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May 21, 2024

SBI’s Persistent Refusal to Disclose Electoral Bond SOPs Sparks Controversy

The State Bank of India (SBI) has once again denied disclosing the standard operating procedures (SOPs) related to the sale and redemption of electoral bonds, despite an appeal under the Right to Information Act (RTI). The Times of India reports that SBI justified its refusal by citing “commercial confidence” and asserting that the SOPs are the bank’s “intellectual property.”

This ongoing refusal came in response to an RTI application filed by transparency advocate Anjali Bhardwaj on March 4, seeking access to SOPs issued by SBI since April 2017. After SBI’s initial rejection on March 30, Bhardwaj escalated the issue to the bank’s first appellate authority (FAA). However, the FAA’s response on May 17 maintained the bank’s stance, prompting Bhardwaj to plan a further appeal to the Central Information Commission (CIC).

In its May 17 order, the FAA reiterated, “The information sought is held by the bank in its commercial confidence and hence cannot be provided. Further, the internal guidelines are strictly meant for the dealing staff and the information is also intellectual property of the bank, hence rightly denied under Section 8(1)(d) of the RTI Act.” This section of the RTI Act protects information, including commercial confidence and intellectual property, from disclosure if it would harm the competitive position of a third party, unless public interest demands otherwise.

Bhardwaj’s request for the SOPs was driven by concerns over the lack of transparency in SBI’s handling of electoral bond transactions. She pointed out potential issues with the bank’s recording of unique identifiers for both purchasers and redeemers of the bonds, raising fears about possible tracking and misuse of data. “Even after the Supreme Court struck down the electoral bond scheme as unconstitutional and ordered disclosure of all details of EBs, SBI continues to withhold crucial information,” Bhardwaj told The Times of India.

Critically, Bhardwaj argued that the FAA failed to explain how releasing the SOPs would harm the competitive position of a third party. She also noted that the FAA did not identify who this third party might be. Moreover, the FAA did not address the public interest aspect, simply labeling the documents as internal guidelines without considering the broader implications for transparency and accountability.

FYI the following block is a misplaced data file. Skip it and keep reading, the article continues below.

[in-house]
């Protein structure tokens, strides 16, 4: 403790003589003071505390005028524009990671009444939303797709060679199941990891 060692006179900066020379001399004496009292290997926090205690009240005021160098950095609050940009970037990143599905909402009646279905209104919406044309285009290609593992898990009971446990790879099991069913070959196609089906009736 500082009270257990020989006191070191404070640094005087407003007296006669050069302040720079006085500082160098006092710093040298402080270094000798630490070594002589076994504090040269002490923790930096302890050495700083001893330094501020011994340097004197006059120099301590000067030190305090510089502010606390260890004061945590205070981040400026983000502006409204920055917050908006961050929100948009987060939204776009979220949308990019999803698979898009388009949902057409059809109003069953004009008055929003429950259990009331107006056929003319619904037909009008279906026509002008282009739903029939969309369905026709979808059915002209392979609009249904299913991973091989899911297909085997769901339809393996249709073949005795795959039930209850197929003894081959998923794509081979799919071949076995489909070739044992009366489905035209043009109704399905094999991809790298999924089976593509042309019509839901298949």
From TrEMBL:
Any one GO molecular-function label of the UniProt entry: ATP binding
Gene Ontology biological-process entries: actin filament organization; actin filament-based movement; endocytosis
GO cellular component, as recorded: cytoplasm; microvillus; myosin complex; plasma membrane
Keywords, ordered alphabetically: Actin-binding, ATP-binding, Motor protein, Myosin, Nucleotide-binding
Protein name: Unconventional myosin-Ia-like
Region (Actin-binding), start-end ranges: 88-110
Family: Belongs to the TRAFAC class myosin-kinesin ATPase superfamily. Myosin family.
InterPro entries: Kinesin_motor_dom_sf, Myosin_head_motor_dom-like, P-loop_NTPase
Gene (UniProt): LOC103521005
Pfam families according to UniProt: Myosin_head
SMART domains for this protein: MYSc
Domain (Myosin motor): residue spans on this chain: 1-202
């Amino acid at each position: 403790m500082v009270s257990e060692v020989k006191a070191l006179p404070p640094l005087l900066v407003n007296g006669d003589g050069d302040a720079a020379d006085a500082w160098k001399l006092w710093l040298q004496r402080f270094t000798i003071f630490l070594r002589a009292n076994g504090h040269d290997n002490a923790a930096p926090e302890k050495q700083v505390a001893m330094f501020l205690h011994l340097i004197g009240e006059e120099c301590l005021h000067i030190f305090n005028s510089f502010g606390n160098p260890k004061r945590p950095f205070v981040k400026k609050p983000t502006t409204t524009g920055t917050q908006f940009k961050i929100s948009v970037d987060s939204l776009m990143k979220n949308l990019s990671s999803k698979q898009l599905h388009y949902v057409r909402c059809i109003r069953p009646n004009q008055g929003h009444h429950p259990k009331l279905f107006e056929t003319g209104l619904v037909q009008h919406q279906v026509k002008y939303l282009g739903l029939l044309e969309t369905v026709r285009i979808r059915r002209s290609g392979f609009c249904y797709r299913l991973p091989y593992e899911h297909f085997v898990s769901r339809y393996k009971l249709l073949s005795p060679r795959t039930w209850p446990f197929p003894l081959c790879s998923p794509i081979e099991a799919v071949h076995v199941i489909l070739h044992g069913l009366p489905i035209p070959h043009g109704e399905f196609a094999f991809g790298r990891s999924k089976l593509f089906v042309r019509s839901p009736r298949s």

Bhardwaj’s concerns highlight a significant issue in the management and oversight of electoral bonds in India. The refusal to disclose SOPs fuels suspicions about the opacity of the electoral bond scheme, which has been criticized for its potential to facilitate undisclosed political funding. The Supreme Court’s ruling against the scheme underscored the need for transparency, yet SBI’s persistent refusal to share relevant information appears to contradict this judicial directive.

The ongoing dispute underscores the tension between institutional confidentiality and the public’s right to information, especially in matters of political financing. As Bhardwaj prepares to take her case to the CIC, the outcome may set a precedent for how financial institutions manage and disclose information that is crucial for public accountability.

In conclusion, SBI’s steadfast refusal to disclose the SOPs for electoral bonds underlines a broader debate about transparency in India’s financial and political systems. The case highlights the challenges faced by transparency advocates in ensuring that institutions comply with RTI mandates and judicial rulings, balancing commercial interests with the imperative of public interest.

Jhumpa Lahiri

Jhumpa Lahiri

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